Laura's Reviews > People of the Book

People of the Book by Geraldine  Brooks
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Jun 30, 12

bookshelves: book-club, courtship, fanfiction, history, mystery, religious-studies, timey-whimy
Read in June, 2012

Once upon a time, I learned from Salmon Rushdie’s Satanic Verses that “The People of the Book” is a polite term used by the Koran for those who were already monotheists before the Angel came down and told the Prophet to “Recite!” It contains, if I recall correctly, an acknowledgement of the common claimed patriarchy of Abraham and the existence of a “revealed” scripture that overlaps, to a non-trivial extent, with the Koran. The People of the Book had a special, privileged status. Worthy of respect and protection.

The title here is a pun. The People of the Book are all People of the Book to varying degrees of devoutness. They are also the people through history who created and preserved a particular sacred book, a particular “Haggadah” that somehow survived five centuries of strife between Abraham’s progeny. Our main bridging character is an Australian book authenticator who thought she sprung from her doctor-mother without meaningful involvement from a male. She is hired to authenticate the book, and as she does so, we see the moments in history that left their marks (sea water, blood, cat hair) on the pages.

We read it in my reading group, and for a reading group book I really liked it. But there was a United Colors of Benetton mojo to the whole thing that made me roll my eyes. The original artist of this Jewish book SPOILER ALERT turns out to be an African Muslim lesbian slave woman whose lover/owner, the Christian queen of a Muslim king, arranges for her to be sheltered in a Jewish doctor’s home before the king is deposed for generally being a wanker. The book was saved by Jews, Christians, an Inquisition priest, Muslims, and even, arguably, a Nazi. Good times.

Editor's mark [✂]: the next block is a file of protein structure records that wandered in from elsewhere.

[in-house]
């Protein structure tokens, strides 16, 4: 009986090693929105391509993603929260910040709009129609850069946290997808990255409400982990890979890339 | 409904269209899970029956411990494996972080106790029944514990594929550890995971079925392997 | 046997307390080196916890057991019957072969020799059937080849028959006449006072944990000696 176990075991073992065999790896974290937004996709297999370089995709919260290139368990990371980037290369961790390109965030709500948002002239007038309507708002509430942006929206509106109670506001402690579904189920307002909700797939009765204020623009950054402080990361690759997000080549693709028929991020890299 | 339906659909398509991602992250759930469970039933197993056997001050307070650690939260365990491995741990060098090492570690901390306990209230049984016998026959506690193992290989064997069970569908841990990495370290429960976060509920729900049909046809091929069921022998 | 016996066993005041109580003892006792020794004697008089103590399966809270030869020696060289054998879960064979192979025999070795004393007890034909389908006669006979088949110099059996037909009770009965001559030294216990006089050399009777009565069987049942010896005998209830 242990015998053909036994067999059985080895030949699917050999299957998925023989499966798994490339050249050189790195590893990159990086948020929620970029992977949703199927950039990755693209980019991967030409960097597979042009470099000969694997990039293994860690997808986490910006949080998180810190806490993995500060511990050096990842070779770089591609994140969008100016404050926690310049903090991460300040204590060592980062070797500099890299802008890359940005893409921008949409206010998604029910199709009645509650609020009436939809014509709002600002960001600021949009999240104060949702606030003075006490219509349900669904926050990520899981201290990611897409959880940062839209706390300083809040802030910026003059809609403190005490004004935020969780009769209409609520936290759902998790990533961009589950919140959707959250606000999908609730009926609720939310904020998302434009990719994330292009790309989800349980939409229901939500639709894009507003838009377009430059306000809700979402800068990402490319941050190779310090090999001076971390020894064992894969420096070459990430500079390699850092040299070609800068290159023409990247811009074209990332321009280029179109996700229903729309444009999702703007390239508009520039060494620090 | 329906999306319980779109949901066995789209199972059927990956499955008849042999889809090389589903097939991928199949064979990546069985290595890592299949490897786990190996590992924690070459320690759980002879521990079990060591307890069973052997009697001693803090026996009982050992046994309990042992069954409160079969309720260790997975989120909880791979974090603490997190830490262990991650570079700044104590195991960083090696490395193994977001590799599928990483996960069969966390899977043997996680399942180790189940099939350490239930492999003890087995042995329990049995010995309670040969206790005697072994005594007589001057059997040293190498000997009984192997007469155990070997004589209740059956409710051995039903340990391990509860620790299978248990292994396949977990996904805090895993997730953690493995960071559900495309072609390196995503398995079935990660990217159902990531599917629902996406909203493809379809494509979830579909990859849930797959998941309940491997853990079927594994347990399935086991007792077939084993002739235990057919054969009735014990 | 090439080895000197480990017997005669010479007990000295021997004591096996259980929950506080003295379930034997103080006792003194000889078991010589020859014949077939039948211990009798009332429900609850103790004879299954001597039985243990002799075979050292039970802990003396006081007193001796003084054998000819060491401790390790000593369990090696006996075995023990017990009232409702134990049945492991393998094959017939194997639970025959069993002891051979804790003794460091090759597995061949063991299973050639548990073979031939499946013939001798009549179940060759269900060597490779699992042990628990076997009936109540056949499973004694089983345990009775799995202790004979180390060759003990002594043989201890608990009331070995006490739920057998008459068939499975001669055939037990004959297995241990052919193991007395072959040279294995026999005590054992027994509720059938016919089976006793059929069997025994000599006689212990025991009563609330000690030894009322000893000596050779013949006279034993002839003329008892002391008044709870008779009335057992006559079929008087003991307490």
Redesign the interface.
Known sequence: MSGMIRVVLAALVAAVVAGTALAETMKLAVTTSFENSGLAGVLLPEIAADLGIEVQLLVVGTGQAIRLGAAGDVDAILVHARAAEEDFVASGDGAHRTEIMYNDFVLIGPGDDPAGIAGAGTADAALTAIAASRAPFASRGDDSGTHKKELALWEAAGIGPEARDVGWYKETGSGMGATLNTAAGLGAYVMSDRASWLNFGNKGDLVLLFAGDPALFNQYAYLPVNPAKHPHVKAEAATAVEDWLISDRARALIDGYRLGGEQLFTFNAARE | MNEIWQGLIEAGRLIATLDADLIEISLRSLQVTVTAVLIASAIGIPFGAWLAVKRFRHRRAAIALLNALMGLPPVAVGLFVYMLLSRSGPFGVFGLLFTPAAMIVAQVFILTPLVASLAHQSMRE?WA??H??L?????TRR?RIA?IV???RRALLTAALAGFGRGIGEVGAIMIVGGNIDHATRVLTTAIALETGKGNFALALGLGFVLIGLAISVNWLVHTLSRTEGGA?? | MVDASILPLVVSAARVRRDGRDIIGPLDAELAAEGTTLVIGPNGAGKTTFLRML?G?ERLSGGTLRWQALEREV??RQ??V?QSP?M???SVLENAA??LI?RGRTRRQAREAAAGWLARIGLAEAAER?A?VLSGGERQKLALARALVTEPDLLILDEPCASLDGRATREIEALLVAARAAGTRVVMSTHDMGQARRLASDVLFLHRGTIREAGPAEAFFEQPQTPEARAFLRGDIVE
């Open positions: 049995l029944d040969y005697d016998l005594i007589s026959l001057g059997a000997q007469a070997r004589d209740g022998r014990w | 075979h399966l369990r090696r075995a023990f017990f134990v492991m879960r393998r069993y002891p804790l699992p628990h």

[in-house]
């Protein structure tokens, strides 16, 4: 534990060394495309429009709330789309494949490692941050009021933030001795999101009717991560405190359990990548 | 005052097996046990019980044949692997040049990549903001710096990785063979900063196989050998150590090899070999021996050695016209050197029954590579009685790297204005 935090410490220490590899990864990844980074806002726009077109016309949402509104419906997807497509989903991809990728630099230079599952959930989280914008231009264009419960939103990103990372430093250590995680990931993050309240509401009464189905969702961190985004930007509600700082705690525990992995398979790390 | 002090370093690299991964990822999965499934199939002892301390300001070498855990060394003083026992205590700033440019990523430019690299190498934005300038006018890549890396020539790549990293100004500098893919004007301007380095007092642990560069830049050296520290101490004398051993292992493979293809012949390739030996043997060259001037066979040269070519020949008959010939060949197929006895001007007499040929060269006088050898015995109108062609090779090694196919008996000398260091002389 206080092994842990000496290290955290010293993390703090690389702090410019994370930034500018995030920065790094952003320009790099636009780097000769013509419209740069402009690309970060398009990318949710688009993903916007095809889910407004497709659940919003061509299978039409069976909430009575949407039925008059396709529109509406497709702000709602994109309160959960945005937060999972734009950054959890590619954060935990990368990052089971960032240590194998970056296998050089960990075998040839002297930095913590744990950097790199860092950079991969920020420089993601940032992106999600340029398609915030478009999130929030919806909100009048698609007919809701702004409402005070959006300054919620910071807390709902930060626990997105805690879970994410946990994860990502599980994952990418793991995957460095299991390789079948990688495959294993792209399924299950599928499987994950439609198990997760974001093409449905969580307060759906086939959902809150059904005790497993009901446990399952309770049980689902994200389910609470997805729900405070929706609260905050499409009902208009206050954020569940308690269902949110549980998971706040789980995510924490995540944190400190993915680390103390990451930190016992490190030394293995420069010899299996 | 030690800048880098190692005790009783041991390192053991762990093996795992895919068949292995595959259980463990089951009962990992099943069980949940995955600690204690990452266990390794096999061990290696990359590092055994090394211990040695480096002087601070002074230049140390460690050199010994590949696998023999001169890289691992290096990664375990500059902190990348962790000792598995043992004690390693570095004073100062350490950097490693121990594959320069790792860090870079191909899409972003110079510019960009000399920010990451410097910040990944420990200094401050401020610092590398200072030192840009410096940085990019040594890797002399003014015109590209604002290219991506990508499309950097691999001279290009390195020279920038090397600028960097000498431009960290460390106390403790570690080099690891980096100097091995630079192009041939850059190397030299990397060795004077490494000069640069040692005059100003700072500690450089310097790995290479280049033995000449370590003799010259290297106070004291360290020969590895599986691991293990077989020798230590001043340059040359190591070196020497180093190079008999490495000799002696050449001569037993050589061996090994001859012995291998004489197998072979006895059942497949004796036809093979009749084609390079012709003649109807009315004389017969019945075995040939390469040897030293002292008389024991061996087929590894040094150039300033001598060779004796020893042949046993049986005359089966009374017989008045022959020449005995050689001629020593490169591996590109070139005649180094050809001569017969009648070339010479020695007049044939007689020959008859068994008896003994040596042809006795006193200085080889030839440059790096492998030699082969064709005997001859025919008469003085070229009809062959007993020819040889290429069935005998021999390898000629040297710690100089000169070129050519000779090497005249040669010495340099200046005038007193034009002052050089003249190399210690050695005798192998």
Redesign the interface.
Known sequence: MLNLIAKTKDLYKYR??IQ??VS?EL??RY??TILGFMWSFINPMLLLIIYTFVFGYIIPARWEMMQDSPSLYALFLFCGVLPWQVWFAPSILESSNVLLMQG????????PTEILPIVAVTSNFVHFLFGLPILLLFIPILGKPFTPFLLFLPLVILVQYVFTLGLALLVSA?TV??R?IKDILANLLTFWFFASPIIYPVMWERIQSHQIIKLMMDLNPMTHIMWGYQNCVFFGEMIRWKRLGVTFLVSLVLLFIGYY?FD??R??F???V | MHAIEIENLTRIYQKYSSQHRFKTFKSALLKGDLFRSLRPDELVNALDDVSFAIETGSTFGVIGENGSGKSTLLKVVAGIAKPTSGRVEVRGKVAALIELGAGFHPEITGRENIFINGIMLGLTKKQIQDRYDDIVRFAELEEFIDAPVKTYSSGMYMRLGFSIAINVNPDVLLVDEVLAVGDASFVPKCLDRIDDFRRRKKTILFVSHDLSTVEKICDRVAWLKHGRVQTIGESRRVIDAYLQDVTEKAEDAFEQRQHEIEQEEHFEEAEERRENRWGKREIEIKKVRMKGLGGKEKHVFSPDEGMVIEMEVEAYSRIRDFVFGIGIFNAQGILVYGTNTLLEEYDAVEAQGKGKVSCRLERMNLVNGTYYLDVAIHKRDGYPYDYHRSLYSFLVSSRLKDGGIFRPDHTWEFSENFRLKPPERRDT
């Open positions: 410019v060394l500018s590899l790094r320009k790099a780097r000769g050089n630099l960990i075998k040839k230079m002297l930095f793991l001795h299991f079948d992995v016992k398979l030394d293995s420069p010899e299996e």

The book suggests a reason for Mary’s Immaculate Conception --that God would not be reaching his God bits into something as unclean as a normal woman – that I found distractingly enraging.

Anyhoo. Very readable. One of the best uses of Captain Exposition I’ve seen yet.
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message 1: by Traveller (new)

Traveller Oooh-kaaayy..(view spoiler).
I think i'd have to write that down and draw pictures of it to completely get the full relationship... :p


Laura Traveller wrote: "Oooh-kaaayy..[spoilers removed].
I think i'd have to write that down and draw pictures of it to completely get the full relationship... :p"


I find at work that is often a really good exercise!


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